Less reliable, but still never refuted, were the stories of Patty Blyleven, former wife of Hall of Famer Bert Blyleven, who said that she knows of a Hall of Famer who took PEDs as well, and who continues to nonetheless publicly rail against PED use. There are likewise other Hall of Famers of whom baseball writers are strongly convinced — or know for a fact — took PEDs but about whom they’ve never reported because no one would go on the record about it or corroborate it in a way that satisfies prevailing journalistic standards. Go ask a BBWAA member about why it took Jeff Bagwell so long to get into the Hall of Fame. Or simply go back and read what they said about him a few years ago.

Going beyond those cases are the cases of a host of players — players who have been on the ballot for years —  about which we’ll never, ever know. Do we know for sure that any of the guys currently on the ballot who played before drug testing never took PEDs? Of course not. In light of that all Morgan can ask is for voters to keep players of an entire era out. Which is a completely unreasonable and unfair request.

In the absence of guidance from the Hall of Fame or Major League Baseball, BBWAA voters were somewhat inconsistent with alleged PED users for a time, but they’re beginning to coalesce around a set of rough standards:

  • If you tested positive for PEDs or were disciplined for PEDs after the testing program was fully online like Manny Ramirez and Rafael Palmeiro did, you’re not getting in. Figure Alex Rodriguez will fall in this group one day too;
  • If you were strongly and convincingly associated with PEDs in the pre-testing era like Barry Bonds and Roger Clemens, the road you have to go down is going to be pretty bumpy, but you may, possibly, get in one day if you were an overwhelmingly great player;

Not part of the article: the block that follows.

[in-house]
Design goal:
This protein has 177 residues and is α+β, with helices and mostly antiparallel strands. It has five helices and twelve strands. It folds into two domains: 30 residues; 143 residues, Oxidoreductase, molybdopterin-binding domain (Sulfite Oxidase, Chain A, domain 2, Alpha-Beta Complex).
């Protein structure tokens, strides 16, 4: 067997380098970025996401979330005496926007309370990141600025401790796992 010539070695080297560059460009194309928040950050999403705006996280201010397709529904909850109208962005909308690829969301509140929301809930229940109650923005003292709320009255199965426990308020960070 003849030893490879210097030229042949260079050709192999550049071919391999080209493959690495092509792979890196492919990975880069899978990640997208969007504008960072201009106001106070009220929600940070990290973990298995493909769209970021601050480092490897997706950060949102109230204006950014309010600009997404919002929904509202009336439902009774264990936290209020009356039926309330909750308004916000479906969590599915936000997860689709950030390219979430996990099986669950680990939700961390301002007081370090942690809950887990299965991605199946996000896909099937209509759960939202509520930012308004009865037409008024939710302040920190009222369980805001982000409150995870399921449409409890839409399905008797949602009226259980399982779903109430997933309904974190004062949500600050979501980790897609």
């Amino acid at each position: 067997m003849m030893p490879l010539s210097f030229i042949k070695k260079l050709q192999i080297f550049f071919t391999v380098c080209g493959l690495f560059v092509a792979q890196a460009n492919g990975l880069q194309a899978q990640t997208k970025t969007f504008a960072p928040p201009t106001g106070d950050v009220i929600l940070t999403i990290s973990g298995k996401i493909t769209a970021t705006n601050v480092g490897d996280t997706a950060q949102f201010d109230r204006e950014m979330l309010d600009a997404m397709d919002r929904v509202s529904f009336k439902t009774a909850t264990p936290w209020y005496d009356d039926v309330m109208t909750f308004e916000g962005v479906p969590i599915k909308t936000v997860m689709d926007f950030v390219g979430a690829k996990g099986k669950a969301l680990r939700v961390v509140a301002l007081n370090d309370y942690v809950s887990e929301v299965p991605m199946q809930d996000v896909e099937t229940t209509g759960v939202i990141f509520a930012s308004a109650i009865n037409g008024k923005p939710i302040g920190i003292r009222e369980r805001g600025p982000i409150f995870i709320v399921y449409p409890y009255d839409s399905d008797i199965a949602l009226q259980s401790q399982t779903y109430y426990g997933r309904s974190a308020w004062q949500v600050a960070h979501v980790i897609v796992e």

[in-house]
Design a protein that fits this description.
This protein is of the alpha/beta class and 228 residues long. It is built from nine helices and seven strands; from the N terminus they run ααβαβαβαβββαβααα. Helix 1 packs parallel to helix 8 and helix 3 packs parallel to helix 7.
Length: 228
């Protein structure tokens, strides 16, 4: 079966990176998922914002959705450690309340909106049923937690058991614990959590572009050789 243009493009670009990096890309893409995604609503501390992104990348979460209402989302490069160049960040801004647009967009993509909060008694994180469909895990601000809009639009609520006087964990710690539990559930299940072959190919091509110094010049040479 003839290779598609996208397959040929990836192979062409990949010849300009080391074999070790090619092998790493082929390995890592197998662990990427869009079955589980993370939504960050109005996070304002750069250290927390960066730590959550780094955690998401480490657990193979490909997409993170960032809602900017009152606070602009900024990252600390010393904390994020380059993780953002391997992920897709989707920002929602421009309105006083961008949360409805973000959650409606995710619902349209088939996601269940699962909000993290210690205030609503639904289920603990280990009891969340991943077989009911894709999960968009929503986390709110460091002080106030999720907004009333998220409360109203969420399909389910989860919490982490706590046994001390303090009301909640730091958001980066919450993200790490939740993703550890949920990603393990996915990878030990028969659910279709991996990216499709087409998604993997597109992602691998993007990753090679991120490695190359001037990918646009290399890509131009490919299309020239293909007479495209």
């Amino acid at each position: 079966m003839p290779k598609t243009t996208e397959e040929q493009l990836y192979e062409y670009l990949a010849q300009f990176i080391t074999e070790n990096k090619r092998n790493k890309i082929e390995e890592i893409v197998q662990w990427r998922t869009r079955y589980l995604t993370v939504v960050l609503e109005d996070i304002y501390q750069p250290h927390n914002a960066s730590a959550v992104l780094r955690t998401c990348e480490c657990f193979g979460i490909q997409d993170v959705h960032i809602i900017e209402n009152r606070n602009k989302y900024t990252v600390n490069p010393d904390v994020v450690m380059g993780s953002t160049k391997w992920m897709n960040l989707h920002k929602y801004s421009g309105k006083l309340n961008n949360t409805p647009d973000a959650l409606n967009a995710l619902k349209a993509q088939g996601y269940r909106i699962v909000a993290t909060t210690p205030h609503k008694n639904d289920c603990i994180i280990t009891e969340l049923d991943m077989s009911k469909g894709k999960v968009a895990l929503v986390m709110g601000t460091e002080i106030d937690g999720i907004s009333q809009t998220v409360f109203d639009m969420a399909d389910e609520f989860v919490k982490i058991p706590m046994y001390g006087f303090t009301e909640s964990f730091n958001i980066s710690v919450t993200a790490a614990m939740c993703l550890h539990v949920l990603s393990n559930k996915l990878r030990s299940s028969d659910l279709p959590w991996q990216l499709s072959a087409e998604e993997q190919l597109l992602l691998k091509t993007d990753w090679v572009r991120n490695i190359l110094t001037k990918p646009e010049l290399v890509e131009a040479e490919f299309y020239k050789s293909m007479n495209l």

• If you were seen as one-dimensional like Mark McGwire or Sammy Sosa and either admitted to PED use or were suspected of it, welp, sorry. We’ll leave why Sosa is suspected of it to another post.

All of this is will likely change slightly over time. Bonds and Clemens have recently gotten over the 50% voting threshold and could gain some steam with the voters. Alex Rodriguez was good enough and his post-career image rehabilitation has been such that he may get more support than most post-testing PED guys one day. Maybe McGwire and Sosa will get new looks down the road by some iteration of the Veteran’s Committee. After that, there aren’t a lot of guys who are seriously in the Hall of Fame discussion with credible PED claims against them.

Which is to say that history is sorting itself out, for better or for worse. Sorting itself out in a way that renders Morgan’s views on the matter — whether you consider them well-founded or otherwise — too little, too late and, given what we know and do not know about PED users, rather useless.